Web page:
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Thursday, May 22, 2003

Explosion damages Yale law classroom NEW HAVEN, Conn. — An explosion in an empty classroom at the Yale University law school Wednesday sent debris flying and students scrambling for safety. No injuries were reported, and the damage was minor.

"We understand there was a device and it went off," Yale spokeswoman Karen Peart said.

The law school also houses a day care and some residences, but it was not clear whether any children or residents were inside at the time. The law school is holding final exams through Friday, and officials said tests were given in the building earlier Wednesday.

There were no initial indications that an international terrorist organization set off the device, according to two U.S. officials who are familiar with intelligence information. They spoke on the condition of anonymity.

FBI spokesman Ed Cogswell also said that there was no initial communication from any person or group about the explosion.

He said FBI agents were at the scene but it was too early to draw conclusions about the blast or those behind it.

Alcohol charges filed in hazing incident SKOKIE, Ill. — Two adults and a student were charged Wednesday with supplying alcohol to students at a suburban Chicago high school involved in a brutal hazing incident captured on videotape.

Prosecutors said one woman was charged with buying three kegs of beer, two of which were found at the park where the hazing took place. Another woman was accused of allowing her home to be used for underage drinking.

The student was charged with unlawful possession of alcohol by a minor. Cook County State's Attorney Richard Devine said the student brought the kegs to the May 4 "powder puff" event in which junior girls were brutally hazed by seniors.

Videotape of the event shows juniors from Glenbrook North High School being covered with mud, paint, feces and garbage as onlookers, some hoisting beer cups, cheered.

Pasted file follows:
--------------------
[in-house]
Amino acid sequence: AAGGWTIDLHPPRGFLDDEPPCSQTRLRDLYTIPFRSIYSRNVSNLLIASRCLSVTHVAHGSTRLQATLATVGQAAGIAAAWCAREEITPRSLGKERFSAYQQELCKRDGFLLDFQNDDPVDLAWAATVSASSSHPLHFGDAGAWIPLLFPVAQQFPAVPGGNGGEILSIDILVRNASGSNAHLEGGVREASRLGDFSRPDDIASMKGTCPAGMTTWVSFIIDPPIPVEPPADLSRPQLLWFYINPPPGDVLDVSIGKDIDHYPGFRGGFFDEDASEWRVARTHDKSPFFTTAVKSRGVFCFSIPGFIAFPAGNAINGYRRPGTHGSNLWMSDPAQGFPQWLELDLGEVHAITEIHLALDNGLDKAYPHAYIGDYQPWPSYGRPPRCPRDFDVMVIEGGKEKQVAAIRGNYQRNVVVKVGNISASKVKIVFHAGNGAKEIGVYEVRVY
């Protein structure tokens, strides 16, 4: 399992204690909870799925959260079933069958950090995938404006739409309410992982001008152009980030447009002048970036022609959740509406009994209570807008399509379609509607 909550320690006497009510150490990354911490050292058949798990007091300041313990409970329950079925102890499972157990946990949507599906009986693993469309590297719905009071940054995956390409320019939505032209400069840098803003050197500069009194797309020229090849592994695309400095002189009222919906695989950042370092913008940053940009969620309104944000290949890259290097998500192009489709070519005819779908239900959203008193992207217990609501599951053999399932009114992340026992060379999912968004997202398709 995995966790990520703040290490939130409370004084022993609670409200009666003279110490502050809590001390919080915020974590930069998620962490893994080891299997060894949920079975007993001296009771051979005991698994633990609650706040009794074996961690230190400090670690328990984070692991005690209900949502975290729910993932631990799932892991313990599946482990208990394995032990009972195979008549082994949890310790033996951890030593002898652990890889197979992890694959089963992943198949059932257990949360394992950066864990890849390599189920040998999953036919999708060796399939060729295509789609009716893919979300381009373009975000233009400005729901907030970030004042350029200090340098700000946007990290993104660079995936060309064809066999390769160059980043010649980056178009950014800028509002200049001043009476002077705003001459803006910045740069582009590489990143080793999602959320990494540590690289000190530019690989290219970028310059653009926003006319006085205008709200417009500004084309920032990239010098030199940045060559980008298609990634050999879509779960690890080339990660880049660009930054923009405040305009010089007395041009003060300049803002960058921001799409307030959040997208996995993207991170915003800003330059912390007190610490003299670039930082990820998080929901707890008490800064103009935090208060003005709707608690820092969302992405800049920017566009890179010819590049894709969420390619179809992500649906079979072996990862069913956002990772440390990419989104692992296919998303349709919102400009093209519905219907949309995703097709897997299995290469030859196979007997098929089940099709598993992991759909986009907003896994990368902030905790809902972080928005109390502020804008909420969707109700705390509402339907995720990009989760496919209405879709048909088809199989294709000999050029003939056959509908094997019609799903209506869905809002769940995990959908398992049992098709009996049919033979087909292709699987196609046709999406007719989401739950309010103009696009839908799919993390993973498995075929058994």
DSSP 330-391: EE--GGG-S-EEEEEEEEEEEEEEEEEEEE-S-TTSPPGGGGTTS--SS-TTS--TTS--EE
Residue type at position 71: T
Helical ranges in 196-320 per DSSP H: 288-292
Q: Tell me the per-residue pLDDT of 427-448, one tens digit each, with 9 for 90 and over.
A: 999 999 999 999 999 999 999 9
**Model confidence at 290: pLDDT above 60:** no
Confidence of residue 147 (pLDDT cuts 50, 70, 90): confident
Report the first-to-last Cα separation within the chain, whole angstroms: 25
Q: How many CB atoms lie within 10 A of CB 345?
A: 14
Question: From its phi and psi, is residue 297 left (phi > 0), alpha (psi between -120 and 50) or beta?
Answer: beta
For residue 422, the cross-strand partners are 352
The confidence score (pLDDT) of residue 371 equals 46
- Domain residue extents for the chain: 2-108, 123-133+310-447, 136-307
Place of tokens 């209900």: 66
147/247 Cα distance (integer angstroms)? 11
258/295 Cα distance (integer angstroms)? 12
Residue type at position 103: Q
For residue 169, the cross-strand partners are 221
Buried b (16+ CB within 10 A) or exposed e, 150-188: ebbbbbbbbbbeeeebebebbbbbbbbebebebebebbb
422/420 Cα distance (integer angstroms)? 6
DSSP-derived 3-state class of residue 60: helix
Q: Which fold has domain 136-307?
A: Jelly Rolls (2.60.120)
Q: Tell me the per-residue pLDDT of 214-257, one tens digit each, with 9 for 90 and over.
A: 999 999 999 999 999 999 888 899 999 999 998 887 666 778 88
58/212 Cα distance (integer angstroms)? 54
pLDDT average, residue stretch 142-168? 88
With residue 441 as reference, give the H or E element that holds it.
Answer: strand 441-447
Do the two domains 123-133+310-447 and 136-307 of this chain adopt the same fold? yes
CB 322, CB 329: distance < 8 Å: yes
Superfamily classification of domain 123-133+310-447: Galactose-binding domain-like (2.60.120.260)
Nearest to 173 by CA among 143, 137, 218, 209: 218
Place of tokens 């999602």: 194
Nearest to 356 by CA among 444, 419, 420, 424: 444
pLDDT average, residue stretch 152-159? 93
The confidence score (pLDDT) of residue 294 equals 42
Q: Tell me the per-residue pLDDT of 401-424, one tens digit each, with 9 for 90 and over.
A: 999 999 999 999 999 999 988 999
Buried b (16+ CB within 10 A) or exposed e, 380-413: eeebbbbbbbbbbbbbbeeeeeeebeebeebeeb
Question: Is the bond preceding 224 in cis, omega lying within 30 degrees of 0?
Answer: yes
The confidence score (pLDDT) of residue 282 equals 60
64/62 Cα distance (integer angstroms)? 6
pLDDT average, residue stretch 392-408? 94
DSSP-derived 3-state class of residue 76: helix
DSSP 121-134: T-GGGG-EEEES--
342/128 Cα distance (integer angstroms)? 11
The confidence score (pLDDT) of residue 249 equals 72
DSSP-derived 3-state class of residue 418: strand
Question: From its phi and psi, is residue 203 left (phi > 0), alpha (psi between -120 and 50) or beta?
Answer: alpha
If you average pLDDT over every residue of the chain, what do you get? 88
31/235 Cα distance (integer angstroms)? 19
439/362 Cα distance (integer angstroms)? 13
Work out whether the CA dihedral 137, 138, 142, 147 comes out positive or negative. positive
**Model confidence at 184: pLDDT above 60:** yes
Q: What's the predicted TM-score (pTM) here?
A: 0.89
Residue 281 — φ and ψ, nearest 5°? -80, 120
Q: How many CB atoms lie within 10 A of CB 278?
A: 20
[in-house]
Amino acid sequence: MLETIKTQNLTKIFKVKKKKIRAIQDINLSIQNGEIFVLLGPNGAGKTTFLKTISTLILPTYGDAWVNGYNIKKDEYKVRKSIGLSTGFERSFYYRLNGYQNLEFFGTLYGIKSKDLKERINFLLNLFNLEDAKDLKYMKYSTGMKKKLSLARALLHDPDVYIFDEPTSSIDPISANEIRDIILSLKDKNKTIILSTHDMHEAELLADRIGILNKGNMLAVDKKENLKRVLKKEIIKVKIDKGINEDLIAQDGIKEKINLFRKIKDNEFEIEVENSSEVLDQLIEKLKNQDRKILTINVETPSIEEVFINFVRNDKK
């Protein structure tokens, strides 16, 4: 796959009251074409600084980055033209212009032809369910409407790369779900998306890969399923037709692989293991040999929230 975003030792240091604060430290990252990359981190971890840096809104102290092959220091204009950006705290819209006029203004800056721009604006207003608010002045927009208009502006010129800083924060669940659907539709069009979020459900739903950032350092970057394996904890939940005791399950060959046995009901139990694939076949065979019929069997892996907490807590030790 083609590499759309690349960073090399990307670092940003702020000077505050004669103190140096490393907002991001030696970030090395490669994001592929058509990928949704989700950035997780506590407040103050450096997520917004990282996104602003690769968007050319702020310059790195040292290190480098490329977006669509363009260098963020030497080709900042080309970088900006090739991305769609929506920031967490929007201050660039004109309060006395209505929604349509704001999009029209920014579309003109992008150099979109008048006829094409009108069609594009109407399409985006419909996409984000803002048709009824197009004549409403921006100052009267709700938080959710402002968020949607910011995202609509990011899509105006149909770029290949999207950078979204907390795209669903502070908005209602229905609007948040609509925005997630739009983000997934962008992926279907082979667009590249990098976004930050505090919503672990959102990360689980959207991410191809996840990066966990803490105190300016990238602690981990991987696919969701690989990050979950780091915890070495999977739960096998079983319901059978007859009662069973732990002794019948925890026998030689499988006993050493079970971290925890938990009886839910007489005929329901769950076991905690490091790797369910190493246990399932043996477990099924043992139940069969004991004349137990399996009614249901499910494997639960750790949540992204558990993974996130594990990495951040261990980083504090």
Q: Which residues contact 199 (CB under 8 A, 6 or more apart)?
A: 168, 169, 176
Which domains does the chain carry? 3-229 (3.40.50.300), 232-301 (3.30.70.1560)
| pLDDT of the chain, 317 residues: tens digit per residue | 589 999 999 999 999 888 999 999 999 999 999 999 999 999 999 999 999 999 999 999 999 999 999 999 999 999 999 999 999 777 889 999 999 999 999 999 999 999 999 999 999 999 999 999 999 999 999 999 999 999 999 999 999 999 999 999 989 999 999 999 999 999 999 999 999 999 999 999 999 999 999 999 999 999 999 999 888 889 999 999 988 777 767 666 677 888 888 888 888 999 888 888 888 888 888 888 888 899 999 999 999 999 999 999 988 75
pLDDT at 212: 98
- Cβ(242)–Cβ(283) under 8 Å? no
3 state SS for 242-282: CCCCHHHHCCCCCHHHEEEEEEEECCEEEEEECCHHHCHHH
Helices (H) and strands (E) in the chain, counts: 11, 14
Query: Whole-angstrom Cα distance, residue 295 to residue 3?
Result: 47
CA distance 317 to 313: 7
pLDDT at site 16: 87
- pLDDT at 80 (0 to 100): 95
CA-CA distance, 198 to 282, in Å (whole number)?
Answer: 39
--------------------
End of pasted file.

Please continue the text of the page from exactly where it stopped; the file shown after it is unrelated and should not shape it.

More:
Prosecutors earlier charged 15 students with misdemeanor battery in the incident in suburban Northbrook and 31 students — all but three of them girls — have received 10-day suspensions.

Child medication bill passes House 425-1 WASHINGTON — The House voted Wednesday to prohibit schools from making children with behavioral problems take medication in order to attend class.

Under the bill, passed 425-1, states receiving federal education money must make sure schools do not coerce parents into medicating their children.

"School personnel may have good intentions, but parents should never be required to decide between their child's education and keeping them off potentially harmful drugs," said Rep. Max Burns, R-Ga., who sponsored the legislation.

In recent decades, more children have been diagnosed with attention deficit or hyperactivity disorders and prescribed drugs such as Ritalin or Adderall.

Rep. Susan Davis, D-Calif., who voted against the bill, "believed it was a solution looking for a problem," said her spokesman, Aaron Hunter.

Worker admits lacing beef with insecticide GRAND RAPIDS, Mich. — A former grocery store worker pleaded guilty Wednesday to lacing about 250 pounds of ground beef with insecticide, sickening 92 people.

Randy Jay Bertram, 39, faces up to 20 years in prison for poisoning food with the intent to cause serious bodily injury. Defense attorney Larry Willey said Bertram had a dispute with a co-worker and thought the insecticide would get the co-worker in trouble.

"He obviously made a huge mistake, and he's admitted it," Willey said.

Assistant U.S. Attorney Daniel Mekaru said the number of known victims makes it "far larger" than any other case of food tampering reported in this country.

Prosecutors say Bertram poured the insecticide into the beef as he prepared it for sale Dec. 31 at the Family Fare supermarket in Byron Center, just outside Grand Rapids.

The insecticide, called Black Leaf 40, uses high concentrations of nicotine as its active ingredient. The bottle warns that swallowing it could be fatal.

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